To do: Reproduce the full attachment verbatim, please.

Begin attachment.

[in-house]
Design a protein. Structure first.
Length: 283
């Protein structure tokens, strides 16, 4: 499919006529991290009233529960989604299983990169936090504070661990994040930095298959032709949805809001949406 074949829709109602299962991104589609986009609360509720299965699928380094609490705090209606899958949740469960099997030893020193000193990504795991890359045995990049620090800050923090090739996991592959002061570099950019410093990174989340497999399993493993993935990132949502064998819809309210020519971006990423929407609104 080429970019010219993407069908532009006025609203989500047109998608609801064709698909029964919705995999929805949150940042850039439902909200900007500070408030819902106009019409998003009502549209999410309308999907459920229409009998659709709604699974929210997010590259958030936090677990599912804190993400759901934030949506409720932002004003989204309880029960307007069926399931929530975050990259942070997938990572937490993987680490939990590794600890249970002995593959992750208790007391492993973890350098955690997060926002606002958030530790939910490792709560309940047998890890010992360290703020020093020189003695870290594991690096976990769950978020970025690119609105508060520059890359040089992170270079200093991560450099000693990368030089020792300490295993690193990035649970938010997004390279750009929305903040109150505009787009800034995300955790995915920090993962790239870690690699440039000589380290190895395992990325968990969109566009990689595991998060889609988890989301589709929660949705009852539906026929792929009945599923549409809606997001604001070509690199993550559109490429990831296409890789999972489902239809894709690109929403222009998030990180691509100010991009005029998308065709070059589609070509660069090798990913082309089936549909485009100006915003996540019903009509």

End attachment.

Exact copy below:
[in-house]
Design a protein. Structure first.
Length: 283
């Protein structure tokens, strides 16, 4: 499919006529991290009233529960989604299983990169936090504070661990994040930095298959032709949805809001949406 074949829709109602299962991104589609986009609360509720299965699928380094609490705090209606899958949740469960099997030893020193000193990504795991890359045995990049620090800050923090090739996991592959002061570099950019410093990174989340497999399993493993993935990132949502064998819809309210020519971006990423929407609104 080429970019010219993407069908532009006025609203989500047109998608609801064709698909029964919705995999929805949150940042850039439902909200900007500070408030819902106009019409998003009502549209999410309308999907459920229409009998659709709604699974929210997010590259958030936090677990599912804190993400759901934030949506409720932002004003989204309880029960307007069926399931929530975050990259942070997938990572937490993987680490939990590794600890249970002995593959992750208790007391492993973890350098955690997060926002606002958030530790939910490792709560309940047998890890010992360290703020020093020189003695870290594991690096976990769950978020970025690119609105508060520059890359040089992170270079200093991560450099000693990368030089020792300490295993690193990035649970938010997004390279750009929305903040109150505009787009800034995300955790995915920090993962790239870690690699440039000589380290190895395992990325968990969109566009990689595991998060889609988890989301589709929660949705009852539906026929792929009945599923549409809606997001604001070509690199993550559109490429990831296409890789999972489902239809894709690109929403222009998030990180691509100010991009005029998308065709070059589609070509660069090798990913082309089936549909485009100006915003996540019903009509």